It is Kafka’s hate towards history that Walter Benjamin variously discussed in his book «On Kafka». Indeed, distaste in history (historiophobia) is an interesting phenomenon which deserves closer scrutiny. Today this subject is of serious matter given by the fact that “the End of History” manifested by postmodernist ideology did not come off – anyway, it didn’t happen in the sense intended by postmodernists.
Postmodernist Utopia regarded “the End of History” as the triumph of museum, of museumification principle. In recent years we observe the omnipresent death-blow of that principle –barbarian destruction of ancient heritage that miraculously survived to our unthankful days. This destruction is carried out in different spheres: one has only to compare ISIS or Taliban performance with the actions of art-vandals that, with delight, rough in maggots and other attributes of decay to canvases of Bruegel (Chapman brothers), shiver vintage Chinese vases etc. Thus, history continues in rude and coarse forms that seemed to have been gone forever. Ironically, it is historiophobia that guarantees the continuation of history. If the past still stimulates aggressive actions of this kind – then it is alive.
History goes on; then there is a place for Kafka’s feelings. Nevertheless the writer of Prague suggested that there is power, able to confront history. Kafka defined this force as a “swamp” (or “dibloto” in Yiddish). A swamp is counter-historical by nature; all the challenging projects of reinvention, colonizing and emancipatory impulses – roughly speaking, everything sinks and sticks within it. In everyday and political language this word is generally used in negative sense, but Kafka, a profound post-judaical mystic, is absolutely right: a swamp is our only hope, as the events of our days again and again show us that “there is nothing more disgusting than history” (in words). Prague hypochondriac’s wisdom is in a state of radical opposition to every perspective discourse – for example, discourse of suprematism. That is why, if we seek for a pair of opponents, it will be Malevich and Kafka. The exhibition makes up a phantom dialogue, or скорее, a dispute between these uncompromising concerns. There will be supremas, architects, political figures, managers and other agents of active abstraction behind the back of Malevich. Behind the back of Kafka stand the flowering of swamp lotus (and swamp logos), fagots, gollums, magister Yoda, swamp fairies, agrarians, books, mushrooms, museum collections and so on. Who wins?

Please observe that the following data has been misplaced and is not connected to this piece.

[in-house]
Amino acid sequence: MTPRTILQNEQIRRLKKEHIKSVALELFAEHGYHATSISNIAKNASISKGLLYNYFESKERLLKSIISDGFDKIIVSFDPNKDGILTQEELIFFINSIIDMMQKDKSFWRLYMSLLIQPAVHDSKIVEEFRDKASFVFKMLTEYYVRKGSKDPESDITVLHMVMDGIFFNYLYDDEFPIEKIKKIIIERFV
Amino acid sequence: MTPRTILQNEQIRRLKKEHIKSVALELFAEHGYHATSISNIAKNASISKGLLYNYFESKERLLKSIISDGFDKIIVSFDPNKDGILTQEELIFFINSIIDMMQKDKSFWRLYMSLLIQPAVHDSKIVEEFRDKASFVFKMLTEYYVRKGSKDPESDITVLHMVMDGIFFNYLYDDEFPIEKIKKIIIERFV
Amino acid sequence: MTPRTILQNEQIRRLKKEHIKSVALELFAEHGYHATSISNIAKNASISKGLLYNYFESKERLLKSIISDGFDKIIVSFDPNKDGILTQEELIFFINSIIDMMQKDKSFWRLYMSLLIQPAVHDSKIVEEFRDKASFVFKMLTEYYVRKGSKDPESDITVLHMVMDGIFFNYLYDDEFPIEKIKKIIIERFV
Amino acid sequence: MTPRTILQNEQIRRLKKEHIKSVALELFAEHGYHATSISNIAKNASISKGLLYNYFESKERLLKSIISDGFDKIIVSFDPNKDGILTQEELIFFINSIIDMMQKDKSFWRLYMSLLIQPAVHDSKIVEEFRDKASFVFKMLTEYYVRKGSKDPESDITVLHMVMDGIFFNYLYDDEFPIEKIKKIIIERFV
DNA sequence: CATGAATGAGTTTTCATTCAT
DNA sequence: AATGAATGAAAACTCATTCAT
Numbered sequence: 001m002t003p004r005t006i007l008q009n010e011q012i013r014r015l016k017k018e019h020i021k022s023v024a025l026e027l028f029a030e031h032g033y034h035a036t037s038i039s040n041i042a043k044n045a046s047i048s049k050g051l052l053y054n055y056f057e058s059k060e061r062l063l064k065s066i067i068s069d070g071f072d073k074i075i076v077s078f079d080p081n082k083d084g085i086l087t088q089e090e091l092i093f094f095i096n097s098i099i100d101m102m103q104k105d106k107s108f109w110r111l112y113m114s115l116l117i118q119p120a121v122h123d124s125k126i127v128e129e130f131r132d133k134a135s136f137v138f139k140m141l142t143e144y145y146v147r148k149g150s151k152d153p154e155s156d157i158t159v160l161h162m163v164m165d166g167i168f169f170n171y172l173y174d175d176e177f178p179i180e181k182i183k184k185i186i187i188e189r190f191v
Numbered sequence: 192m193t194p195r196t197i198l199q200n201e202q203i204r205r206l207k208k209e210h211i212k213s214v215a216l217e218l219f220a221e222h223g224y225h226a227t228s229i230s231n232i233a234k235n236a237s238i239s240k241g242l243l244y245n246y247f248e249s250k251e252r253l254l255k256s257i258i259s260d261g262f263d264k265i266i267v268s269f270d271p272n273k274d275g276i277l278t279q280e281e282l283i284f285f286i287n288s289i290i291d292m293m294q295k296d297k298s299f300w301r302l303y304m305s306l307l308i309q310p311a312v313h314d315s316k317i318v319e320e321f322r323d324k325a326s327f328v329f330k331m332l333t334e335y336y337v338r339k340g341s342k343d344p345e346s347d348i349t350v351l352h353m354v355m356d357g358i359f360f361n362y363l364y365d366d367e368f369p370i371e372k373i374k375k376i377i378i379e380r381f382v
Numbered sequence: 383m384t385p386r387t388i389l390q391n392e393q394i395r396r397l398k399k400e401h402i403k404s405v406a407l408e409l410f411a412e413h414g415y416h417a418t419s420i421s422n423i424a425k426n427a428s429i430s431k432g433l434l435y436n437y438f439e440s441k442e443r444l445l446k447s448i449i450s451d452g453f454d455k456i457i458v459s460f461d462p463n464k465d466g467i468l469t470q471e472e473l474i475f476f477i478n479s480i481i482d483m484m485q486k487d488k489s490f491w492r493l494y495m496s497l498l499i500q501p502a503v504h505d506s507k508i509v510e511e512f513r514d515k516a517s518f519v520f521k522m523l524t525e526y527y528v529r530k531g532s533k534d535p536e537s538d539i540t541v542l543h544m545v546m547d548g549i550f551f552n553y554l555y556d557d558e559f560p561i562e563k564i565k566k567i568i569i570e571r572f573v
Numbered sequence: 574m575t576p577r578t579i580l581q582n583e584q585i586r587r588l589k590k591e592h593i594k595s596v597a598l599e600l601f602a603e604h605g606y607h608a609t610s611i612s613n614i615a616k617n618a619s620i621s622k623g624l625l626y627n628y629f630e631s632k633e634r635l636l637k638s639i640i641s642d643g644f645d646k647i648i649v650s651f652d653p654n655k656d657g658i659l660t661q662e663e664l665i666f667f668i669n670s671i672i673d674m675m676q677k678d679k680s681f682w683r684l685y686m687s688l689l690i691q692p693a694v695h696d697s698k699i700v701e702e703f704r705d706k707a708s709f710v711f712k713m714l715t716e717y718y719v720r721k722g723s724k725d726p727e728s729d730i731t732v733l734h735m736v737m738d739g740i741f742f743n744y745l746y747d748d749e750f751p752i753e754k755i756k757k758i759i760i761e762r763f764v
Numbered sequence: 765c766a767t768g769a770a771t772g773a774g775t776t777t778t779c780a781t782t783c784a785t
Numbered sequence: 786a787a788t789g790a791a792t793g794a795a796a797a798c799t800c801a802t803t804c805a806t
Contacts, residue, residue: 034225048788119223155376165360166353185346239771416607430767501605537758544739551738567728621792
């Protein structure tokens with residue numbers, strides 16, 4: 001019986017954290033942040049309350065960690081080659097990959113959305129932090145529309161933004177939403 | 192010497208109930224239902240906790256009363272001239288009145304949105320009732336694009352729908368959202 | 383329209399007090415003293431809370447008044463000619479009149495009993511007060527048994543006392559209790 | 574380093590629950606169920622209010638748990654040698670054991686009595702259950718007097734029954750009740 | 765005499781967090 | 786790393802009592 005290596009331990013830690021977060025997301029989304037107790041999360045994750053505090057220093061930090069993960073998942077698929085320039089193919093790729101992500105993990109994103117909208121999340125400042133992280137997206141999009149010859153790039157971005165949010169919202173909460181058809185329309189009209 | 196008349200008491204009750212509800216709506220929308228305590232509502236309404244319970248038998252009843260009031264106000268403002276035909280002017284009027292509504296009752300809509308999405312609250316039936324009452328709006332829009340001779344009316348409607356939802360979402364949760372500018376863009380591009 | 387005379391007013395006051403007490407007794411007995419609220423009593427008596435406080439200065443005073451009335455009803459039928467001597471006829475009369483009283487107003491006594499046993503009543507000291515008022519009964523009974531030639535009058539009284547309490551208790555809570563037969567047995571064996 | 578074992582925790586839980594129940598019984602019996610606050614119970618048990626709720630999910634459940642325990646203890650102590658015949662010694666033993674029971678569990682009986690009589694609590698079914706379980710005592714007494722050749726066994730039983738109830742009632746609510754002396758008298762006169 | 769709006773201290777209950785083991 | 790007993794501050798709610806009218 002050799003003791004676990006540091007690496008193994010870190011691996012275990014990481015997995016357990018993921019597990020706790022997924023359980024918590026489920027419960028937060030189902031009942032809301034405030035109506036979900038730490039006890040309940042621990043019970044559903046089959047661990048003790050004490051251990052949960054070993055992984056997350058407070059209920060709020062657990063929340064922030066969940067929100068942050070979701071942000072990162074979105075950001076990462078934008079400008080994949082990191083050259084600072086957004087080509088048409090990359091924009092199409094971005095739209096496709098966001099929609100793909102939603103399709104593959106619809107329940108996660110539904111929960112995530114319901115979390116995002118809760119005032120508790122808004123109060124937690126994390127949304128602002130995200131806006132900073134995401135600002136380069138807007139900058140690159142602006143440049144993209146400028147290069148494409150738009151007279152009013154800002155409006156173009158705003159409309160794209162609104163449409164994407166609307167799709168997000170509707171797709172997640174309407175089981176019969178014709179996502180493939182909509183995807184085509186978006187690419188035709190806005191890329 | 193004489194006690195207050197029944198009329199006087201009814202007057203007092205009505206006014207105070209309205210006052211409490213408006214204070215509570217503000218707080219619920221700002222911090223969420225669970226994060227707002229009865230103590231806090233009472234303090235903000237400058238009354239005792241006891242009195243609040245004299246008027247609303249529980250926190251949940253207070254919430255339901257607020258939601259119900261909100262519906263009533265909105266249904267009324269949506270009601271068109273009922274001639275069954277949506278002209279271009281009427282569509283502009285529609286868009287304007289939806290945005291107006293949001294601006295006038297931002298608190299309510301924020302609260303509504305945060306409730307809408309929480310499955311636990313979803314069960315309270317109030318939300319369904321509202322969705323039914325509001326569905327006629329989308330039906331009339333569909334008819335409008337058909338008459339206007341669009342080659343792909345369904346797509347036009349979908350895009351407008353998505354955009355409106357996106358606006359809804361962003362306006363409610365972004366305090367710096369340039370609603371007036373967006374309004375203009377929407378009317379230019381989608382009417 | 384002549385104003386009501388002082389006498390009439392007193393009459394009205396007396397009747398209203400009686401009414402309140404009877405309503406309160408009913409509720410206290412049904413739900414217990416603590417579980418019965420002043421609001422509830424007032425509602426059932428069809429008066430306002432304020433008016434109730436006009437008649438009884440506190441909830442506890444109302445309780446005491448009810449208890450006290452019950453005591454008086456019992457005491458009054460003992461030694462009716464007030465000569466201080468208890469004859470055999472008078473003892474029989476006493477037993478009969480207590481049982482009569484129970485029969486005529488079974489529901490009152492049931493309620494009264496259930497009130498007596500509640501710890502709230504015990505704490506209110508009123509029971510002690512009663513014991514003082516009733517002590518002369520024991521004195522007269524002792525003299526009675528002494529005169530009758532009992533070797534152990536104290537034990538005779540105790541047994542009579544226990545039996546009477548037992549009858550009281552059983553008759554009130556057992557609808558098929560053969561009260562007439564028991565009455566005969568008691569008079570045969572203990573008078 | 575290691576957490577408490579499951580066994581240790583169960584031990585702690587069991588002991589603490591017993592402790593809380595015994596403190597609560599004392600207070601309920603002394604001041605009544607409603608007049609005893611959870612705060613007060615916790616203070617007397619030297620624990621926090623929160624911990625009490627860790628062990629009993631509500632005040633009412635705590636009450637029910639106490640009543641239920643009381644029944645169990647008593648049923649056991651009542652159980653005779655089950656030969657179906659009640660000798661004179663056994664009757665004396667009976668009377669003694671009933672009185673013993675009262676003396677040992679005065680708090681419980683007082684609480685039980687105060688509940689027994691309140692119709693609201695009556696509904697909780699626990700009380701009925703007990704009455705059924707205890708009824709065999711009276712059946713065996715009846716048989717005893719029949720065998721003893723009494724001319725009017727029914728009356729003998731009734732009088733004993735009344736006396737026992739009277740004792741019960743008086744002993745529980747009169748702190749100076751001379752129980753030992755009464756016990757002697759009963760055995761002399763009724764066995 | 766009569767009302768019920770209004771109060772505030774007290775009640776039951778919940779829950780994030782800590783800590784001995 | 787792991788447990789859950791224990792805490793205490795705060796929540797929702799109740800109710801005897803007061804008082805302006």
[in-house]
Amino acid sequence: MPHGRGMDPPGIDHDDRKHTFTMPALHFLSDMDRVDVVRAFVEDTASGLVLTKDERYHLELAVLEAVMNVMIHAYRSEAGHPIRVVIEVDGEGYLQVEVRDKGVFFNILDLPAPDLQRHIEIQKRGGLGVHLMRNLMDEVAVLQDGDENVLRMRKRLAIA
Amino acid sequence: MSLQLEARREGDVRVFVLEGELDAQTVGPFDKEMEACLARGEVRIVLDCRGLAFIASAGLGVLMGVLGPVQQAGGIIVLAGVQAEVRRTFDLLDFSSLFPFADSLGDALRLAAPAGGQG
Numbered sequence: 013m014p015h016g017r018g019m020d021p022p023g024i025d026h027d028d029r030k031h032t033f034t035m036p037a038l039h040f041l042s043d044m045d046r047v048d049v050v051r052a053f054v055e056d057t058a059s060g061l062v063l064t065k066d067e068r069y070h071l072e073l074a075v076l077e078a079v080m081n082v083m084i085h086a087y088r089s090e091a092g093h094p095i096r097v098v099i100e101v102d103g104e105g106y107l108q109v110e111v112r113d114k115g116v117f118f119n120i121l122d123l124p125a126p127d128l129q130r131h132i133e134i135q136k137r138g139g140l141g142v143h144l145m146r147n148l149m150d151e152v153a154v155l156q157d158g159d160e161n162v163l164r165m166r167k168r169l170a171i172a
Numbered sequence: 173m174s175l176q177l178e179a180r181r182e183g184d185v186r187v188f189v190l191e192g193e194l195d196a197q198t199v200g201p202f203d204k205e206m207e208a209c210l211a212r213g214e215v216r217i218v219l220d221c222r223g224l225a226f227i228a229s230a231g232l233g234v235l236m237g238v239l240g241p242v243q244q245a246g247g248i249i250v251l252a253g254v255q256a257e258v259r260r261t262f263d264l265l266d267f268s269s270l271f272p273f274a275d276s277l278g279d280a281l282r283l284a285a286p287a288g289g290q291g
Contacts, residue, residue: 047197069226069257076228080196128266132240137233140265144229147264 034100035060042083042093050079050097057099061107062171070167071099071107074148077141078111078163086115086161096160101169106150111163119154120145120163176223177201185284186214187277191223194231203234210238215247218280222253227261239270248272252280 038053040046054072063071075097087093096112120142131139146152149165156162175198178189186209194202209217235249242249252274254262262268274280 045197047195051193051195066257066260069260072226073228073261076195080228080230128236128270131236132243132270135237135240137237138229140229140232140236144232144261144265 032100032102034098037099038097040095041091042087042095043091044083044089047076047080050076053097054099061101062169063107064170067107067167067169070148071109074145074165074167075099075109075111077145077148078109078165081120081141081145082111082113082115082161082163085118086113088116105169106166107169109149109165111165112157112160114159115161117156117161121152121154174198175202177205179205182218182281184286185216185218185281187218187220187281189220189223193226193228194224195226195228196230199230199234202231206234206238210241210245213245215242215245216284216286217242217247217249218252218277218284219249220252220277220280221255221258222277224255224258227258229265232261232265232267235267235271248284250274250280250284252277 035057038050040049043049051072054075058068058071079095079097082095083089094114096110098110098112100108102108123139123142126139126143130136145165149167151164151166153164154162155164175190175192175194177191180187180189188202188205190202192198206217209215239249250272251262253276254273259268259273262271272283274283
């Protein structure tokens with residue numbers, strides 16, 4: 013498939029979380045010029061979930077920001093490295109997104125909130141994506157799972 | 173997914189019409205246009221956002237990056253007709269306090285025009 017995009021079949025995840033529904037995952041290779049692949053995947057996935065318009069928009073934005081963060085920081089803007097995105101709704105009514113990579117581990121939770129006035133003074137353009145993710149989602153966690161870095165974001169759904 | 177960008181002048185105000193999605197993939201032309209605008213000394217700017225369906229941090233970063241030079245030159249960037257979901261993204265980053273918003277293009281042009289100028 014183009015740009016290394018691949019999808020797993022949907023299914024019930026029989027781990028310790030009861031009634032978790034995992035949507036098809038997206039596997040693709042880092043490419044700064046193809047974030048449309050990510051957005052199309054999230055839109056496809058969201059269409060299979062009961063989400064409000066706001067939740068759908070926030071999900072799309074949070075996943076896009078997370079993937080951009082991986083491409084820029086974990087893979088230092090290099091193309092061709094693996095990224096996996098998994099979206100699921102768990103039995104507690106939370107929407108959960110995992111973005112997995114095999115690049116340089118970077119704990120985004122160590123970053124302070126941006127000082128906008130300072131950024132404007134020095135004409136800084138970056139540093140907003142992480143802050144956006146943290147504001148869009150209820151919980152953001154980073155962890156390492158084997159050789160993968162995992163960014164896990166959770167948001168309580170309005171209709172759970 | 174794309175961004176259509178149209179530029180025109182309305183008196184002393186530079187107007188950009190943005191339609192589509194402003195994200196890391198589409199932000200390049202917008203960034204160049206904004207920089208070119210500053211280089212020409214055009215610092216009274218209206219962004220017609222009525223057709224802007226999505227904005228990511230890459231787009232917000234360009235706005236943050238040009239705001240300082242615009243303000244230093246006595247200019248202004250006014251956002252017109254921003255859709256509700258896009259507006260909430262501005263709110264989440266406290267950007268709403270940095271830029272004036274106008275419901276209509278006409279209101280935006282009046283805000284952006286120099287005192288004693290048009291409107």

In fact, this whole gladiator fight is fictional. There is more in common between Malevich and Kafka than it seems at a first glance. A swamp is a territory (including territory of thought) where the surface and the depth change places. In Kurt Vonnegut’s novel “Cat’s Cradle” high military executives set a task for scientists – to invent a universal remedy for swamps in which the battalions are sticking within. A researcher called Honicker invents the sought-for substance – so-called «ice-nine» that momentarily freezes any liquid viscidity. In the end «ice-nine» freezes the Earth: life itself happens to be a swamp, and anti-swamp remedy automatically destroys life. «Ice-nine» is a kind of hyper-suprema, and Honicker somehow resembles Malevich or British colonists in India who plumed themselves with the anti-swamp program. But still, while history is no more than a swamp phantom, its swampy essence wouldn’t undergo any changes.
Pavel Pepperstein 29.03.2016